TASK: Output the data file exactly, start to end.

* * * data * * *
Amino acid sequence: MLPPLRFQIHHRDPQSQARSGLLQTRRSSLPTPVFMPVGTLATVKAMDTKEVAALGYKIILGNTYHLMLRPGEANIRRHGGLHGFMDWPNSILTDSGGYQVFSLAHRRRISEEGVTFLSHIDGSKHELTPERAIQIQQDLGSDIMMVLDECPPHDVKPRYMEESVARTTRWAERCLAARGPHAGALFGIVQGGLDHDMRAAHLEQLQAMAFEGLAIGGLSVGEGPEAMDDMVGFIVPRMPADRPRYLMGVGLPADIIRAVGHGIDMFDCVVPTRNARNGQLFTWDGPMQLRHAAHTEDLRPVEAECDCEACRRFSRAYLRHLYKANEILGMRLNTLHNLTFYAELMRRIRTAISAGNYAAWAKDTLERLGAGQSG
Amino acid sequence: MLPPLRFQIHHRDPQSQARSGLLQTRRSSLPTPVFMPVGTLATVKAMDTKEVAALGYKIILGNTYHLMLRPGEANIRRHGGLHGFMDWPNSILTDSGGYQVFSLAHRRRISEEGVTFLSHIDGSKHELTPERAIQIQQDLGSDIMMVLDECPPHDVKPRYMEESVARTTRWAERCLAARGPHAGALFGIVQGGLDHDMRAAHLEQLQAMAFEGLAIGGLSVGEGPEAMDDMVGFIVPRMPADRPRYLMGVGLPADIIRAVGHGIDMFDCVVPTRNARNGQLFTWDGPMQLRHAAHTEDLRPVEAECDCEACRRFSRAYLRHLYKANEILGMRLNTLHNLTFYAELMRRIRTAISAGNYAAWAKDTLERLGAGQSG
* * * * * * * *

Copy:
Amino acid sequence: MLPPLRFQIHHRDPQSQARSGLLQTRRSSLPTPVFMPVGTLATVKAMDTKEVAALGYKIILGNTYHLMLRPGEANIRRHGGLHGFMDWPNSILTDSGGYQVFSLAHRRRISEEGVTFLSHIDGSKHELTPERAIQIQQDLGSDIMMVLDECPPHDVKPRYMEESVARTTRWAERCLAARGPHAGALFGIVQGGLDHDMRAAHLEQLQAMAFEGLAIGGLSVGEGPEAMDDMVGFIVPRMPADRPRYLMGVGLPADIIRAVGHGIDMFDCVVPTRNARNGQLFTWDGPMQLRHAAHTEDLRPVEAECDCEACRRFSRAYLRHLYKANEILGMRLNTLHNLTFYAELMRRIRTAISAGNYAAWAKDTLERLGAGQSG
Amino acid sequence: MLPPLRFQIHHRDPQSQARSGLLQTRRSSLPTPVFMPVGTLATVKAMDTKEVAALGYKIILGNTYHLMLRPGEANIRRHGGLHGFMDWPNSILTDSGGYQVFSLAHRRRISEEGVTFLSHIDGSKHELTPERAIQIQQDLGSDIMMVLDECPPHDVKPRYMEESVARTTRWAERCLAARGPHAGALFGIVQGGLDHDMRAAHLEQLQAMAFEGLAIGGLSVGEGPEAMDDMVGFIVPRMPADRPRYLMGVGLPADIIRAVGHGIDMFDCVVPTRNARNGQLFTWDGPMQLRHAAHTEDLRPVEAECDCEACRRFSRAYLRHLYKANEILGMRLNTLHNLTFYAELMRRIRTAISAGNYAAWAKDTLERLGAGQSG